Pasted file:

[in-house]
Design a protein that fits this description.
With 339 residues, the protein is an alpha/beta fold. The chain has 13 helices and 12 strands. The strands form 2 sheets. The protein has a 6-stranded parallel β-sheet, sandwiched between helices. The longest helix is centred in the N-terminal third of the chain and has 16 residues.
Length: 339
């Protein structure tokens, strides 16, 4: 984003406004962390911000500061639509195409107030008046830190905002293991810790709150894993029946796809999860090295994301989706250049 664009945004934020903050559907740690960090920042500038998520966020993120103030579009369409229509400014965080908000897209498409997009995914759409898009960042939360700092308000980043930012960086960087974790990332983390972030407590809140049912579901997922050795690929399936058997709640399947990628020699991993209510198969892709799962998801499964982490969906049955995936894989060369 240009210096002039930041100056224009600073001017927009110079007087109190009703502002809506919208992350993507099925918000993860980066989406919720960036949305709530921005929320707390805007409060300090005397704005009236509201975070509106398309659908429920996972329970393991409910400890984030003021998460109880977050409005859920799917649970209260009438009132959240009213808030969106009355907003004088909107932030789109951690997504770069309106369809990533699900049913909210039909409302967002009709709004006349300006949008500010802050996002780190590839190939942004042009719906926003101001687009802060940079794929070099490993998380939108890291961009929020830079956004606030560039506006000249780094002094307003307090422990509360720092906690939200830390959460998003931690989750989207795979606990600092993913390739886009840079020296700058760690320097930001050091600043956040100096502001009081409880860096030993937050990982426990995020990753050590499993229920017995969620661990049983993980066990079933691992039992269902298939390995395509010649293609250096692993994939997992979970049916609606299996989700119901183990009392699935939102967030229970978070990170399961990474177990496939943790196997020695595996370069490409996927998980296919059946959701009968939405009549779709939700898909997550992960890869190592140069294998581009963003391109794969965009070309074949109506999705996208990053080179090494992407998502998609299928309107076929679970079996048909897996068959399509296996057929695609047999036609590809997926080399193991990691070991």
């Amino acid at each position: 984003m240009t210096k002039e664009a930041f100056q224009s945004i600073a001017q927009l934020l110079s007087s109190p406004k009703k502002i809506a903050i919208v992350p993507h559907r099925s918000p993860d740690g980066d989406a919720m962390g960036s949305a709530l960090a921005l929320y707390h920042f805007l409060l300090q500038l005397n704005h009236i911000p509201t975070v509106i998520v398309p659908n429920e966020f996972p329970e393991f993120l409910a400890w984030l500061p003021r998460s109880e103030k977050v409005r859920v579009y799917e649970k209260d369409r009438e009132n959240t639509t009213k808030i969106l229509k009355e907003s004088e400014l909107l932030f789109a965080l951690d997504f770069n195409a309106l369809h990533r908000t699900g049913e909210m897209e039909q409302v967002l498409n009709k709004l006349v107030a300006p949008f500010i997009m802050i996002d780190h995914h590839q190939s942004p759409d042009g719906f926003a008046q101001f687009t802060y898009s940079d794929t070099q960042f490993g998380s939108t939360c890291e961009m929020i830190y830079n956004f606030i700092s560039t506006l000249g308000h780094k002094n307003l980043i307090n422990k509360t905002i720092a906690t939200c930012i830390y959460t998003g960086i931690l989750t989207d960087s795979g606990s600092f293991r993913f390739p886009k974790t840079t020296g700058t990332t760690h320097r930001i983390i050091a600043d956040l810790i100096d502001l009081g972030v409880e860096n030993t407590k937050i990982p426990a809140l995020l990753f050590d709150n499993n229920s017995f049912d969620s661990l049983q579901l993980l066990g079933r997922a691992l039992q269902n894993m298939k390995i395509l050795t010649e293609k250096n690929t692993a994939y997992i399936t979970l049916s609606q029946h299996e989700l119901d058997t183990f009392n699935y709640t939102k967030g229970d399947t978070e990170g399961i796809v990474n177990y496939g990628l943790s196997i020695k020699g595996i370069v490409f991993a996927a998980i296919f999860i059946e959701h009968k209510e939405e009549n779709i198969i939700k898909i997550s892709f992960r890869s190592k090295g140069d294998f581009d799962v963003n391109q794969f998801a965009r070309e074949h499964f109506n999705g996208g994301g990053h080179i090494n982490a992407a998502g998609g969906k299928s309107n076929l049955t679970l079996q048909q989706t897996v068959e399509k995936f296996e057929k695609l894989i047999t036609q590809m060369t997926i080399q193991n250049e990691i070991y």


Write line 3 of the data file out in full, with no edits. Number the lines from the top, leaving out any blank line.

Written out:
With 339 residues, the protein is an alpha/beta fold. The chain has 13 helices and 12 strands. The strands form 2 sheets. The protein has a 6-stranded parallel β-sheet, sandwiched between helices. The longest helix is centred in the N-terminal third of the chain and has 16 residues.